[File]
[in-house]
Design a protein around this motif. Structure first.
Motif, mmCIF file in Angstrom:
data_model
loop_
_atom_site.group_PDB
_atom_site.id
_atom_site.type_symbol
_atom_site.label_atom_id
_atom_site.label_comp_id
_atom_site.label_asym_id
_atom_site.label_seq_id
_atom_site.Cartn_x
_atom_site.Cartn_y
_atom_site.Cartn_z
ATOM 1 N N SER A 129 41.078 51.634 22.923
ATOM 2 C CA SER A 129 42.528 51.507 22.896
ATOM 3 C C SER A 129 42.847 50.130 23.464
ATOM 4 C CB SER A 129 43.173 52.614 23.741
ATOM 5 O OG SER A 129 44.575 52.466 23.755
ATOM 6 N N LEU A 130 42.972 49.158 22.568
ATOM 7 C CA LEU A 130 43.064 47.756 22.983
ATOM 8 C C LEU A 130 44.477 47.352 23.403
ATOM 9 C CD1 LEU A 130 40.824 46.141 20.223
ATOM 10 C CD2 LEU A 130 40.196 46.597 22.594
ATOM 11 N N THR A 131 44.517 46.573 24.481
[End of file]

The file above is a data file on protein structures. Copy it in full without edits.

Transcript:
[in-house]
Design a protein around this motif. Structure first.
Motif, mmCIF file in Angstrom:
data_model
loop_
_atom_site.group_PDB
_atom_site.id
_atom_site.type_symbol
_atom_site.label_atom_id
_atom_site.label_comp_id
_atom_site.label_asym_id
_atom_site.label_seq_id
_atom_site.Cartn_x
_atom_site.Cartn_y
_atom_site.Cartn_z
ATOM 1 N N SER A 129 41.078 51.634 22.923
ATOM 2 C CA SER A 129 42.528 51.507 22.896
ATOM 3 C C SER A 129 42.847 50.130 23.464
ATOM 4 C CB SER A 129 43.173 52.614 23.741
ATOM 5 O OG SER A 129 44.575 52.466 23.755
ATOM 6 N N LEU A 130 42.972 49.158 22.568
ATOM 7 C CA LEU A 130 43.064 47.756 22.983
ATOM 8 C C LEU A 130 44.477 47.352 23.403
ATOM 9 C CD1 LEU A 130 40.824 46.141 20.223
ATOM 10 C CD2 LEU A 130 40.196 46.597 22.594
ATOM 11 N N THR A 131 44.517 46.573 24.481